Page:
Finding Non-Cruciferous Greens
- ninrn Apr 22, 2014 01:16 PM
I eat a lot of greens, a lot of them raw, and notice that besides spinach and lettuce, virtually every leafy green at the grocery store is a cruciferous vegetable: cabbage, kale, collards, bok choy, rapini, mustard, kohlrabi, turnip greens, cress, mizuna, tatsoi, even fenugreek and most of the other greens they sell at the Indian store are in the cruciferous family.
I'd like to start eating more non-cruciferous greens, even if it means growing some on my own, and wondered if any of you could contribute to the list I have so far:
◙ Dandelion greens
◙ Amaranth (I think what is often sold as "red spinach" in Chinese and Indian markets might be a red variety of amaranth)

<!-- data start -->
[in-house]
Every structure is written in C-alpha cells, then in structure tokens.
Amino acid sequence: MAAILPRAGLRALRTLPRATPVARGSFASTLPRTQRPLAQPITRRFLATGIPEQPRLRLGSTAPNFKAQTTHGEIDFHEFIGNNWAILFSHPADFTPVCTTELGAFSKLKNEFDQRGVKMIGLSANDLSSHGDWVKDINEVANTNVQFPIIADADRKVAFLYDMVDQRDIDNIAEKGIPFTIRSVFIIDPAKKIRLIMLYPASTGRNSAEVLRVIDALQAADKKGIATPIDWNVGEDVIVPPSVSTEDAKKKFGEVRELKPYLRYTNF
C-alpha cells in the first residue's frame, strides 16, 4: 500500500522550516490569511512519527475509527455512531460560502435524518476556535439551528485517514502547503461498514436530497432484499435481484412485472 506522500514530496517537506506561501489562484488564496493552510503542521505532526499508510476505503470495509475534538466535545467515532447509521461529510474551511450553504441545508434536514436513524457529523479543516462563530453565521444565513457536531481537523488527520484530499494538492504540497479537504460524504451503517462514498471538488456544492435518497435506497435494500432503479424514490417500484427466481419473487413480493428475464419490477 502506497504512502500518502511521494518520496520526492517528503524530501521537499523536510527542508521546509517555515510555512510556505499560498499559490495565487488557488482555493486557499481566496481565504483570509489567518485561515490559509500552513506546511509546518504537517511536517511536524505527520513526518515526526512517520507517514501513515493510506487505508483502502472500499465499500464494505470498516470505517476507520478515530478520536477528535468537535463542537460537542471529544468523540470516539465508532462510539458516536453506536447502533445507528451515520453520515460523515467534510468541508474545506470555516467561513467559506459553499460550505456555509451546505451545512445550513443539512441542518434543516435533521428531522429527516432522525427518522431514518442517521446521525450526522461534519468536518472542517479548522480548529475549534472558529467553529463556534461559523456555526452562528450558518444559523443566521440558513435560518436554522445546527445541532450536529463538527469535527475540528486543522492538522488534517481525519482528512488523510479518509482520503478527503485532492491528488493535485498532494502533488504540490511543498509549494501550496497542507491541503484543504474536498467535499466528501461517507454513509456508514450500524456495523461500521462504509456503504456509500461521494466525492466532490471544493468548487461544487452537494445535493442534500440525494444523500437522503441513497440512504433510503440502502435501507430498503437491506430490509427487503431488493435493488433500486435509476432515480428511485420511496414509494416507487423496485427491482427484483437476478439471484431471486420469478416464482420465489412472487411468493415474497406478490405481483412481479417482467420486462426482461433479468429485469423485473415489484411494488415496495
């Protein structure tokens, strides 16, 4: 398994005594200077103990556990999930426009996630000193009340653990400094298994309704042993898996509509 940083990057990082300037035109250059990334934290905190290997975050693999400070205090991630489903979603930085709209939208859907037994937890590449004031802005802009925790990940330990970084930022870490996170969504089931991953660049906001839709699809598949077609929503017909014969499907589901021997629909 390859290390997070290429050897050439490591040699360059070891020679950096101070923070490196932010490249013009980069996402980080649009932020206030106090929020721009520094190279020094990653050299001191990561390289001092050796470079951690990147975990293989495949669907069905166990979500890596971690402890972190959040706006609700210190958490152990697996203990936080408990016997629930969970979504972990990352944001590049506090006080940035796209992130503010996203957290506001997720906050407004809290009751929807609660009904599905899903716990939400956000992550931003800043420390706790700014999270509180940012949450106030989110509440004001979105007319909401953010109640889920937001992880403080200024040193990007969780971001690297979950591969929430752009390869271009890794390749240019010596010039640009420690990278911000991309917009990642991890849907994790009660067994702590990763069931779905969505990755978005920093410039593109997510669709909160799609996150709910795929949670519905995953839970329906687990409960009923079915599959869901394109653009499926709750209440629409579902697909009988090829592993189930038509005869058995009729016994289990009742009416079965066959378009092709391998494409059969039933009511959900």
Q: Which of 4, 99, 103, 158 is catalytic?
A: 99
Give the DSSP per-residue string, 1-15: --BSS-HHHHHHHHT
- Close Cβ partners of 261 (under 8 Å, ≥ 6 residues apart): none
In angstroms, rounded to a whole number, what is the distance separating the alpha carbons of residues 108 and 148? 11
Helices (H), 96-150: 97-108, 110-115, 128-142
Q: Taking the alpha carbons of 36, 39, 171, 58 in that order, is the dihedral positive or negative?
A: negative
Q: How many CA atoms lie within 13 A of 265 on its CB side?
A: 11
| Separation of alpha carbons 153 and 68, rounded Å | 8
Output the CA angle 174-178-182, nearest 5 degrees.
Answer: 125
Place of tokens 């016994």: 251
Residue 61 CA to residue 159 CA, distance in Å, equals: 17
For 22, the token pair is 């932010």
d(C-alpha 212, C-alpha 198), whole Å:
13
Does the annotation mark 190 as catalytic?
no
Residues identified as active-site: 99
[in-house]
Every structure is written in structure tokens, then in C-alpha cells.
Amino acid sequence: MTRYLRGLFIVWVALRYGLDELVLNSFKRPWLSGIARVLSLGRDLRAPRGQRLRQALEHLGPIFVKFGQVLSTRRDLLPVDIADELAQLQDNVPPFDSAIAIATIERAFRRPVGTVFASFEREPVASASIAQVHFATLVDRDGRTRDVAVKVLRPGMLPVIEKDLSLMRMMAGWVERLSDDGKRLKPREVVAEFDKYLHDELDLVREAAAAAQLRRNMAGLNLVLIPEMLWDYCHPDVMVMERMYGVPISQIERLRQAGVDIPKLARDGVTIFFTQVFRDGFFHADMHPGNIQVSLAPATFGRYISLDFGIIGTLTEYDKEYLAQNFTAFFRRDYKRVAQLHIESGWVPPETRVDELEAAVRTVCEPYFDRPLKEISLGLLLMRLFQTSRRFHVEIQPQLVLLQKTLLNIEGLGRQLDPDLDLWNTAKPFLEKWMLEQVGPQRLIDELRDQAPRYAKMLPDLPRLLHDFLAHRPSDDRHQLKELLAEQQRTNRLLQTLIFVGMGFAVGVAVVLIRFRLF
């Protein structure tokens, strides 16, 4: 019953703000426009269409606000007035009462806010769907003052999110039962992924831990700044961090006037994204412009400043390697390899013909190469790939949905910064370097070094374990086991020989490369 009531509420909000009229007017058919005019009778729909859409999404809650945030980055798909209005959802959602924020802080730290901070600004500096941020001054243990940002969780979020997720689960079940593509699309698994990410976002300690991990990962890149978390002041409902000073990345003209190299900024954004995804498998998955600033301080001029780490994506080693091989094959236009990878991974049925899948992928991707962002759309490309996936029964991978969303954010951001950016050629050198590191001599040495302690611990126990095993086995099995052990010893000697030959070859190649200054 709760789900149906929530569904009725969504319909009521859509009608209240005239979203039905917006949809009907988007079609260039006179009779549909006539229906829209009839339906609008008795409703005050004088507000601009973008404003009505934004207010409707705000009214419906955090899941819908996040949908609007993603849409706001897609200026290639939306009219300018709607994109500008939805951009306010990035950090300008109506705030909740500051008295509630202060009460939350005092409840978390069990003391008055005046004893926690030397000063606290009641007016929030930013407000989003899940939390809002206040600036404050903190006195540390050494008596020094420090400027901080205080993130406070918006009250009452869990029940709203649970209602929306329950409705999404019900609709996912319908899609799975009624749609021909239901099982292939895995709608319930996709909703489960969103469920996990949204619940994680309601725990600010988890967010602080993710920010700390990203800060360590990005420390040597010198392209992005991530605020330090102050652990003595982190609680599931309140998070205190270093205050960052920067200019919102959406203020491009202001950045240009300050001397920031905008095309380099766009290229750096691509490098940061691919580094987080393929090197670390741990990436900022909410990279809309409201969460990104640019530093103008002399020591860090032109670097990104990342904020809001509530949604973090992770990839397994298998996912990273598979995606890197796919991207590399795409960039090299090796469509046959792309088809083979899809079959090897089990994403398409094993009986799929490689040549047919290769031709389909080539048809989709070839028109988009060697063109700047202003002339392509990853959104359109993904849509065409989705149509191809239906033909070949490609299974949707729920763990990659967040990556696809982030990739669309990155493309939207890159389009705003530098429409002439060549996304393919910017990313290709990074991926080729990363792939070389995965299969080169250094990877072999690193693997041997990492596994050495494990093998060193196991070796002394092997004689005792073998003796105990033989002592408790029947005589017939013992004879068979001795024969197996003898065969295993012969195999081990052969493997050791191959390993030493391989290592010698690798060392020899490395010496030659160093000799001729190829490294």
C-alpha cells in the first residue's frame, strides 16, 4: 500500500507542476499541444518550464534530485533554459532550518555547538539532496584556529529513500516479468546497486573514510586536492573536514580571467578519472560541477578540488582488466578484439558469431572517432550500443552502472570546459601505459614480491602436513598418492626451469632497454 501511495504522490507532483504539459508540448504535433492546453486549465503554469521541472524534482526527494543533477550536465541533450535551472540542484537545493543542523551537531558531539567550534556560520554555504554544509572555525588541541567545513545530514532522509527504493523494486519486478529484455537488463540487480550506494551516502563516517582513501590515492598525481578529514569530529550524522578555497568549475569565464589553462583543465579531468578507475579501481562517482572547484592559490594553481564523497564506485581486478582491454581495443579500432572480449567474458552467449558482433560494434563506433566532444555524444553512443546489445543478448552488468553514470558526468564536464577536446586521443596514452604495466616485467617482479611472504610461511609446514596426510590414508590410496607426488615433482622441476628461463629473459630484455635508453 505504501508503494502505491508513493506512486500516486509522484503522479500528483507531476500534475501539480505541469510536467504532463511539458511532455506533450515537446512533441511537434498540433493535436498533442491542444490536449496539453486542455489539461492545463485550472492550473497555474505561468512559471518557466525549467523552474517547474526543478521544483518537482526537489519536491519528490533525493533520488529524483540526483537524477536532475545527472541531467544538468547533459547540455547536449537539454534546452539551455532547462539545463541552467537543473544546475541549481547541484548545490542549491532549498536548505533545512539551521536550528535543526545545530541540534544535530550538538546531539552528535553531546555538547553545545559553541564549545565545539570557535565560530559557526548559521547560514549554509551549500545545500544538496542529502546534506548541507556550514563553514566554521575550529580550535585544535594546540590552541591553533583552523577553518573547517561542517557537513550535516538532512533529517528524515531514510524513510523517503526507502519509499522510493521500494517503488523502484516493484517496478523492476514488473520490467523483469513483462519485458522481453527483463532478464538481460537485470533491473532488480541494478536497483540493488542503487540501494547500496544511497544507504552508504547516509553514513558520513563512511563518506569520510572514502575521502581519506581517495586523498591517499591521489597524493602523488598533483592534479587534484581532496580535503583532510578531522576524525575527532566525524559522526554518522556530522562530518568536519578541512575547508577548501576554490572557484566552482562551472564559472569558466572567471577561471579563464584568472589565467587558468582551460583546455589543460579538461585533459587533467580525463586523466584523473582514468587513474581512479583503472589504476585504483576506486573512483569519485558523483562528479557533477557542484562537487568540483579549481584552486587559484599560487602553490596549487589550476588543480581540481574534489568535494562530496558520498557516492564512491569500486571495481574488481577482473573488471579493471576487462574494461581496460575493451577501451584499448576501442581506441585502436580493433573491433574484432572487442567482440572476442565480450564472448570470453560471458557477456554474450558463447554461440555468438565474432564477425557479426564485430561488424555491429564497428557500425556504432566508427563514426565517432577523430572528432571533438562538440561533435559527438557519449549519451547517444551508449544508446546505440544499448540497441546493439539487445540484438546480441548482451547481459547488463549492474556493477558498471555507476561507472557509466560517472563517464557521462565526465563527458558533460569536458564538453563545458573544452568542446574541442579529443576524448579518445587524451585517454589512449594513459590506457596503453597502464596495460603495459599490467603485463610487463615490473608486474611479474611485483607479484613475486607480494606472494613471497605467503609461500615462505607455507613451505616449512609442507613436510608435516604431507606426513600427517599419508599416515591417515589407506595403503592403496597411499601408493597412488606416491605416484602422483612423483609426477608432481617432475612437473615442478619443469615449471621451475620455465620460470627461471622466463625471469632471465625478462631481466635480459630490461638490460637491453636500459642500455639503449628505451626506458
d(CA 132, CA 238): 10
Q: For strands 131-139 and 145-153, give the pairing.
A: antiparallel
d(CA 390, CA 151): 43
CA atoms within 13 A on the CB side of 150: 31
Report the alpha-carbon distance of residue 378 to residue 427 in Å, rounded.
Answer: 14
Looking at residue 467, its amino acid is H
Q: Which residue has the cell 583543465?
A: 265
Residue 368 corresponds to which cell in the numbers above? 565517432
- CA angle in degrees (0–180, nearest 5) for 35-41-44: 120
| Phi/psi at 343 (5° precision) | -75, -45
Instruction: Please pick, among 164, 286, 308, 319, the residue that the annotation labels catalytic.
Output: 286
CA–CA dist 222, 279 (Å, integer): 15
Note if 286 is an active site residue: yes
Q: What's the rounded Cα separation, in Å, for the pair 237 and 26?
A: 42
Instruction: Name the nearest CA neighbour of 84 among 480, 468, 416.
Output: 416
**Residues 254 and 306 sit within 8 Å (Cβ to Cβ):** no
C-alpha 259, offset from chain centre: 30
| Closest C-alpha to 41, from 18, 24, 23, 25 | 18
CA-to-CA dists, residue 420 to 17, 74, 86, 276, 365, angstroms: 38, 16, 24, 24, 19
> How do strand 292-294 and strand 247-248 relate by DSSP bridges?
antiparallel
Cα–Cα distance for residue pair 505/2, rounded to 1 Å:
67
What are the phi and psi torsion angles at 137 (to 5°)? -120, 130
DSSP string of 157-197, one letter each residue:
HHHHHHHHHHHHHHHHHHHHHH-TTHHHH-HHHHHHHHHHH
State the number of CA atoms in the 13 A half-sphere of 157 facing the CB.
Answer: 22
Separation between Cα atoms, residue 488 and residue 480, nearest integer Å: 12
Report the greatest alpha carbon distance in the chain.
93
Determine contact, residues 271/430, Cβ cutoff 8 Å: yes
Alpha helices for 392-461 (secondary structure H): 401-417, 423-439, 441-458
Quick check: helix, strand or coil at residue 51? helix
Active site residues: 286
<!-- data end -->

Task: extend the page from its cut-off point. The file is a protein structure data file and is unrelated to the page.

◙ Gongura or Rosselle greens
I'm sure there are non-cruciferous greens I've never heard of eaten in other cultures, and I'd love to know more about them: what they taste like, how they're traditionally prepared, and how they are cultivated.
And if you have any great recipes for lovage, I'd very much appreciate them. (There's a vendor who often has a bunch or two at our farmer's market, but her only suggestion was to add it to salad.)
Thanks for your help,
PS: Is chard a cruciferous vegetable? I had thought not, but I see it listed as such on many websites.
Beets and their cousin Chard are not in the Brassica (cruciferous) family. They are in the Amaranthaceae (Amaranth) family.
Nor are parsley or celery (lovage's milder cousin - lovage is *very* strong: a little goes a long way (I grow it myself)).
Sorrel - a slightly lemony fizzy taste. You usually cannot find it in larger quantities; I like to add it to salads for that bit of something different.